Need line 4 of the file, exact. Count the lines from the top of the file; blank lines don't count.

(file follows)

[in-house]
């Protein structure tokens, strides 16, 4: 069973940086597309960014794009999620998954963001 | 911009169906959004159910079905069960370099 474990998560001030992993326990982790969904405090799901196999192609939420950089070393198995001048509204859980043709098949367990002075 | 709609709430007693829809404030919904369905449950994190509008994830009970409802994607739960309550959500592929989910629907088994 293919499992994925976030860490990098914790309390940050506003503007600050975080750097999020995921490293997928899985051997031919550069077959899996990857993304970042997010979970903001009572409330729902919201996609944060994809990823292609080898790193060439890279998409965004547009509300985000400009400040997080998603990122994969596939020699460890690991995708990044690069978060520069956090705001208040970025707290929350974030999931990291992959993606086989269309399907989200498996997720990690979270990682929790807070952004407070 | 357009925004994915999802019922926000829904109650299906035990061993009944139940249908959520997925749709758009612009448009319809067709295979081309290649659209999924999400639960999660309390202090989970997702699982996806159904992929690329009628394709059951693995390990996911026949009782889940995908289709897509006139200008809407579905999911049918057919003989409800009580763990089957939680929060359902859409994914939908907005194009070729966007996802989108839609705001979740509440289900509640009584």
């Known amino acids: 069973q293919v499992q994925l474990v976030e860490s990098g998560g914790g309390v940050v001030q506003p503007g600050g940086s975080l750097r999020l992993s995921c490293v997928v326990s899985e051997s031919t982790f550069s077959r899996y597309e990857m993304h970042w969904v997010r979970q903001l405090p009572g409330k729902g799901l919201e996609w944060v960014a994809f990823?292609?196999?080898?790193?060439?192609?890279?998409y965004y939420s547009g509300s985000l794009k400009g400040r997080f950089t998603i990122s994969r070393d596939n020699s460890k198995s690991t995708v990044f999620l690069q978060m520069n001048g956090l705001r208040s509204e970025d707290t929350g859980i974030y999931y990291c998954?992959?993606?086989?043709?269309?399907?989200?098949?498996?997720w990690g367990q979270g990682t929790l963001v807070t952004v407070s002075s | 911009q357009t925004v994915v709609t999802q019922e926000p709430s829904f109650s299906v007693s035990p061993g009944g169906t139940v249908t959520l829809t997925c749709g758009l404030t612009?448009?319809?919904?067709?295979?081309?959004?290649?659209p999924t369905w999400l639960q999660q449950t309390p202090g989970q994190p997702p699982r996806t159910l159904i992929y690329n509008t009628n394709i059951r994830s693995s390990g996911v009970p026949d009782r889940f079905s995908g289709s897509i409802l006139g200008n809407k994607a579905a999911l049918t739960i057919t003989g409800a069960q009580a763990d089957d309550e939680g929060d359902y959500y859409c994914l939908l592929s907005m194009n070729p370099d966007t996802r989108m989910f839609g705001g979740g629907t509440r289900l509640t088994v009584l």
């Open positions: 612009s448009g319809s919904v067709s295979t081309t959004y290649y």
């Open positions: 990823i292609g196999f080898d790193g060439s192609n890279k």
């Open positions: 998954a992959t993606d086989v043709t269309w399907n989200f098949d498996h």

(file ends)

């Open positions: 612009s448009g319809s919904v067709s295979t081309t959004y290649y």